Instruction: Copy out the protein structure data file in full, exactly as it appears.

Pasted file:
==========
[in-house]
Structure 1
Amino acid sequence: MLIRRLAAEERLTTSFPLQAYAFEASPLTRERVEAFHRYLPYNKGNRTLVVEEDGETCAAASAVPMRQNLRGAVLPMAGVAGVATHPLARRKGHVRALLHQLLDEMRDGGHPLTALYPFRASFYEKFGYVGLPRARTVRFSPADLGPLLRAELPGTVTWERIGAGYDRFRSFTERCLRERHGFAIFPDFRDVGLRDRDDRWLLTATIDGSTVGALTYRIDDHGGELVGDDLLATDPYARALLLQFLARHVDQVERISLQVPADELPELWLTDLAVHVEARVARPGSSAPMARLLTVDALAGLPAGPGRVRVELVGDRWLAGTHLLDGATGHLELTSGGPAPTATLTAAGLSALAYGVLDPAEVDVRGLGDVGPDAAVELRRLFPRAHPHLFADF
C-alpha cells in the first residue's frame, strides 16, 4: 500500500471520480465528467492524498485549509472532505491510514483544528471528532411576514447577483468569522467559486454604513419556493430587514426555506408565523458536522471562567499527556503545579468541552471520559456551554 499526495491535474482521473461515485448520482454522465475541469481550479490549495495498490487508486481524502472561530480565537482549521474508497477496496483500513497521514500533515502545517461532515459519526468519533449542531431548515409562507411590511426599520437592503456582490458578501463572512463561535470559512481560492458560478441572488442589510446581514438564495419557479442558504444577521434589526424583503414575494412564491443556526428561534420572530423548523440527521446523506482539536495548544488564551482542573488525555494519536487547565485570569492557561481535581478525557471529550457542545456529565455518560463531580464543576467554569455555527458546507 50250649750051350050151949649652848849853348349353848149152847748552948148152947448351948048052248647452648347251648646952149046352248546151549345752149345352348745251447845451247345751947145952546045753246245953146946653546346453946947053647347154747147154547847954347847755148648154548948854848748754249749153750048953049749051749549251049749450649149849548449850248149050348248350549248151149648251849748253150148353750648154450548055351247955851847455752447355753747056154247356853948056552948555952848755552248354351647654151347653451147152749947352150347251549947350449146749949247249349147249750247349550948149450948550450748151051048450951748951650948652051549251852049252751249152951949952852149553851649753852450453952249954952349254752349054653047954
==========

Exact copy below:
[in-house]
Structure 1
Amino acid sequence: MLIRRLAAEERLTTSFPLQAYAFEASPLTRERVEAFHRYLPYNKGNRTLVVEEDGETCAAASAVPMRQNLRGAVLPMAGVAGVATHPLARRKGHVRALLHQLLDEMRDGGHPLTALYPFRASFYEKFGYVGLPRARTVRFSPADLGPLLRAELPGTVTWERIGAGYDRFRSFTERCLRERHGFAIFPDFRDVGLRDRDDRWLLTATIDGSTVGALTYRIDDHGGELVGDDLLATDPYARALLLQFLARHVDQVERISLQVPADELPELWLTDLAVHVEARVARPGSSAPMARLLTVDALAGLPAGPGRVRVELVGDRWLAGTHLLDGATGHLELTSGGPAPTATLTAAGLSALAYGVLDPAEVDVRGLGDVGPDAAVELRRLFPRAHPHLFADF
C-alpha cells in the first residue's frame, strides 16, 4: 500500500471520480465528467492524498485549509472532505491510514483544528471528532411576514447577483468569522467559486454604513419556493430587514426555506408565523458536522471562567499527556503545579468541552471520559456551554 499526495491535474482521473461515485448520482454522465475541469481550479490549495495498490487508486481524502472561530480565537482549521474508497477496496483500513497521514500533515502545517461532515459519526468519533449542531431548515409562507411590511426599520437592503456582490458578501463572512463561535470559512481560492458560478441572488442589510446581514438564495419557479442558504444577521434589526424583503414575494412564491443556526428561534420572530423548523440527521446523506482539536495548544488564551482542573488525555494519536487547565485570569492557561481535581478525557471529550457542545456529565455518560463531580464543576467554569455555527458546507 50250649750051350050151949649652848849853348349353848149152847748552948148152947448351948048052248647452648347251648646952149046352248546151549345752149345352348745251447845451247345751947145952546045753246245953146946653546346453946947053647347154747147154547847954347847755148648154548948854848748754249749153750048953049749051749549251049749450649149849548449850248149050348248350549248151149648251849748253150148353750648154450548055351247955851847455752447355753747056154247356853948056552948555952848755552248354351647654151347653451147152749947352150347251549947350449146749949247249349147249750247349550948149450948550450748151051048450951748951650948652051549251852049252751249152951949952852149553851649753852450453952249954952349254752349054653047954